Linux Bash: Language Basics

stdin, stdout and stderr

Bash creates stdin, stdout and stderr streams for each command in the terminal. These streams carry text as data.

In Linux, almost all the streams are treated as if they were files. Just like you can read/write a file, you can read/write a data from these streams.

stdin: Stands for standard input. It takes text as input.
stdout: Stands for standard output. The text output of a command is stored in the stdout stream.
stderr: Stands for standard error. Whenever a command faces an error, the error message is stored in this stream.

Each stream has file descriptor ID as below

  • stdin – /dev/stdin or /dev/fd/0
  • stdout – /dev/stdout or /dev/fd/1
  • stderr – /dev/stderr or /dev/fd/2

Stdin example

read command require input from the keyboard.

When no argument is provided to read command, the entire line is assigned to the REPLY variable. So, we can print REPLY variable in terminal as below.

$ read
Hello World

$ echo $REPLY
Hello World

Stdout example

Output of echo command is written to terminal or stdout

$ echo "Hello World"
Hello World

Piping Streams

The | sign is responsible for piping the stdout stream of a command to the stdin stream of next command.

The |& sign is responsible for piping both stdout and stderr streams of a command to the stdin stream of next command.

Piping stream is a form of redirection. It only redirect stdin, stdout and stderr streams.

$ echo "Hello World" | grep Hello
Hello World

The output of echo command is written in the stdout stream, then the piping redirects the content of stdout to stdin for the grep command. That's how grep command knows what content to perform the operation on.

If you want to pipe both the stdout and stderr to the next command, then use the I& instead of I

$ anything |& cat
zsh: command not found: anything

Redirecting Streams

The > sign is responsible for redirecting the stdout stream of a command to a file stream.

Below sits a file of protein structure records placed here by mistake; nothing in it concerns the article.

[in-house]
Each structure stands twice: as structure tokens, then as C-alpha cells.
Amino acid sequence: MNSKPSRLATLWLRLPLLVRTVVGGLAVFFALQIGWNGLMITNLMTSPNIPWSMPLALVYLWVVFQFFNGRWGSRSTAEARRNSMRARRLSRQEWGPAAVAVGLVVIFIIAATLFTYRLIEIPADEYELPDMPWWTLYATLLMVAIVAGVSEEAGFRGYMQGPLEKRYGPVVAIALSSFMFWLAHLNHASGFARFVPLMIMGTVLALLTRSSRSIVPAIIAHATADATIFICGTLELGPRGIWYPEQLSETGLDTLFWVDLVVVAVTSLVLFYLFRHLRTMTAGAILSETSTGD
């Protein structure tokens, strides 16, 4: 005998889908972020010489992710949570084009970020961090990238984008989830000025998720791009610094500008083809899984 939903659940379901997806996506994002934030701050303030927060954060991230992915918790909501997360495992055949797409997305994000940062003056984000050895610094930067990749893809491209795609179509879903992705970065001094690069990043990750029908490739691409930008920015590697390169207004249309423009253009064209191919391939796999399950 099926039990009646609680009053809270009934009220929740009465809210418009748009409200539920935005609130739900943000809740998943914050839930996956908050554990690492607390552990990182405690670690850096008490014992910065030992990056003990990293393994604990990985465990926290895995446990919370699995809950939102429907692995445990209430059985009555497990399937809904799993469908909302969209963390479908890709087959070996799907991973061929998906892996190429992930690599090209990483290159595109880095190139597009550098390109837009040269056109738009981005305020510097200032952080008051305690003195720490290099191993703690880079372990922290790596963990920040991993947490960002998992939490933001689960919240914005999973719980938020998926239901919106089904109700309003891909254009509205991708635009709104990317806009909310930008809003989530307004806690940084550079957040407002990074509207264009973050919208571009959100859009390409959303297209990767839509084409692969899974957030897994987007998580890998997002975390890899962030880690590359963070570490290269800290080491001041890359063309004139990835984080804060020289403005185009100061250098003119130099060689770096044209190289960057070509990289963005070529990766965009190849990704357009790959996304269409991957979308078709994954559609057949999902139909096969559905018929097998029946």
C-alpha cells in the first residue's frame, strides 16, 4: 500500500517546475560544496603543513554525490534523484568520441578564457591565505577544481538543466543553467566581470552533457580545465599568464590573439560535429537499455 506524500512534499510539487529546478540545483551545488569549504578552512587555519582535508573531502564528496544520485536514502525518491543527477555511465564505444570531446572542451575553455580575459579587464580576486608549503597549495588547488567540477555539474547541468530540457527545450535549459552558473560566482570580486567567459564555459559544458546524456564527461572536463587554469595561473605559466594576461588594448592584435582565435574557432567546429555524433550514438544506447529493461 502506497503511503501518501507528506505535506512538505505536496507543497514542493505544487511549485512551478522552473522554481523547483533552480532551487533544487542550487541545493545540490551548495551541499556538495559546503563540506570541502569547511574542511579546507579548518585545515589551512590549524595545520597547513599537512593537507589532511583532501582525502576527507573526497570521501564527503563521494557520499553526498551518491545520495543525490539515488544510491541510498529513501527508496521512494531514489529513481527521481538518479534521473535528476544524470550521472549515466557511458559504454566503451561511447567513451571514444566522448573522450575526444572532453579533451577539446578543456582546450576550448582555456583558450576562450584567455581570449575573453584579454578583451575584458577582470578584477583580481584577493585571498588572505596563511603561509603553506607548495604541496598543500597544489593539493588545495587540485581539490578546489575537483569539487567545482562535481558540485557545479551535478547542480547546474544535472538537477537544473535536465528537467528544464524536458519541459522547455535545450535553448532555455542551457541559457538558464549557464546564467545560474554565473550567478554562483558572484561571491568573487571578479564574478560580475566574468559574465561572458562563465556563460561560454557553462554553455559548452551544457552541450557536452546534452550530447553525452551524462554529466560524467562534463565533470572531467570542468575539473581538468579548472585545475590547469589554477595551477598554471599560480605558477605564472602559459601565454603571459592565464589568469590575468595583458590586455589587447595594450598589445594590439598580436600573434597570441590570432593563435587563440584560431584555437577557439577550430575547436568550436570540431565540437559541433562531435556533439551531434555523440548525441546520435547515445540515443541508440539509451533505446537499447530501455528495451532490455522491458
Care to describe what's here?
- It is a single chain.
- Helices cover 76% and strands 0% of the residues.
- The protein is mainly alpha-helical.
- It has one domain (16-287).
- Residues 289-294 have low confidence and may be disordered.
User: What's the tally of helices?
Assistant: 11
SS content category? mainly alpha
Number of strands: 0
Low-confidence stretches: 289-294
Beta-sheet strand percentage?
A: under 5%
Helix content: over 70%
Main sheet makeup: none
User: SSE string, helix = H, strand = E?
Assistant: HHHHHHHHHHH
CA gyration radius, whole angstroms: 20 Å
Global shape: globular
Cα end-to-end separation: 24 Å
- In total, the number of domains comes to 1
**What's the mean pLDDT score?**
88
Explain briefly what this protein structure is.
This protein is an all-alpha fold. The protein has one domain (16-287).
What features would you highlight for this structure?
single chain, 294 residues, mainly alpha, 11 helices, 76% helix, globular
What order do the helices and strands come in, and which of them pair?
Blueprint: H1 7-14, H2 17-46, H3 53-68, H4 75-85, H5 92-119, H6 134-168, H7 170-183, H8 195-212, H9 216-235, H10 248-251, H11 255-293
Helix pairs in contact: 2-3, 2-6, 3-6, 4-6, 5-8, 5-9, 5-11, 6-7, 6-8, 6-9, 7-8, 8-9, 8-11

The >> sign is responsible for appending the stdout stream of a command to a file stream.

The < sign is responsible for redirecting the file stream to a stdin stream of a command.

The << sign is responsible for redirecting the multi-line string to a stdin stream of a command. It is also known as here-document.

The <<< sign is responsible for redirecting the single string to a stdin stream of a command. It is also known as here-string.

The >& sign is responsible for redirecting and merging both stdout and stderr streams of a command to the file stream.

Redirecting stream is similar to Piping stream but it is used for file stream to stdin or stdout streams.

Redirecting stdout stream of a command to file stream

$ echo "Hello World" > hello.txt

or

$ echo "Hello World" 1> hello.txt

Redirecting stderr stream to file stream

$ something 2> error.txt

/dev/null is a special file which ignores anything put into it.

$ something 2> /dev/null

Appending stdout stream of a command to file stream

$ echo "How is the weather today?" >> hello.txt

or

$ echo "How is the weather today?" 1>> hello.txt

Redirecting file stream to stdin stream of a command

$ cat < hello.txt
Hello World

or

$ echo "Hello World" | cat
Hello World

Redirecting file stream to stdin stream of a command as parameter

$ cat > input.txt <<EOL
kenan
kenanhancer@gmail.com
EOL
$ cat > greeting.sh <<EOL
#!/bin/bash

echo "Enter name"
read name

echo "Enter email"
read email

echo "Your name is $name and email is $email"
EOL
$ . ./greeting.sh < input.txt
Enter name
Enter email
Your name is kenan and email is kenanhancer@gmail.com

Redirecting file stream to stdin stream of a command as parameter and redirecting stdout stream of command to file stream.

$ . ./greeting.sh < input.txt > greetingOutput.txt
$ cat greetingOutput.txt
Enter name
Enter email
Your name is kenan and email is kenanhancer@gmail.com

Redirecting stderr and stdout streams to separate file streams

$ echo “hello world” 1> output.txt 2> debug.txt

Some examples

$ ls -l > output.txt
$ wc -l countries.txt > output.txt
$ ls -l >> output.txt
$ wc -l < countries.txt
$ wc -l < countries.txt > output.txt
$ ls -l blabla 2> error.log
$ ls -l blabla >& outputOrError.txt

or

Redirecting stdout stream to file stream and stderr stream to file stream. We redirect to a file stream first then redirect the error stream.

$ ls -l blabla > outputOrError.txt 2>&1
$ ls | head -3 | tail -1 > output.txt

Command Substitution

Command substitution is shown as $() sign.

$ NOW=$(date)
$ echo $NOW
Sun 19 Jun 2022 16:57:16 BST

or

$ echo $(date)
Sun 19 Jun 2022 16:57:16 BST
$ echo "Date is $(date)"
Date is Sun 19 Jun 2022 16:58:02 BST
$ cat <<< "Date is $(date)"
Date is Sun 19 Jun 2022 16:58:02 BST
$ cat <<< $(echo "Date is $(date)")
Date is Sun 19 Jun 2022 16:58:02 BST
$ echo "Date is $(date)" | cat
Date is Sun 19 Jun 2022 16:58:02 BST

Process Substitution

Process substitution is shown as <() sign. Process Substitution writes output in a file and returns that file name.

$ cat <(date)
Sun 19 Jun 2022 16:58:02 BST
$ cat < <(date)
Sun 19 Jun 2022 16:58:02 BST
$ date | cat
Sun 19 Jun 2022 16:58:02 BST
$ echo $(date) | cat
Sun 19 Jun 2022 16:58:02 BST
This entry was posted in Bash.

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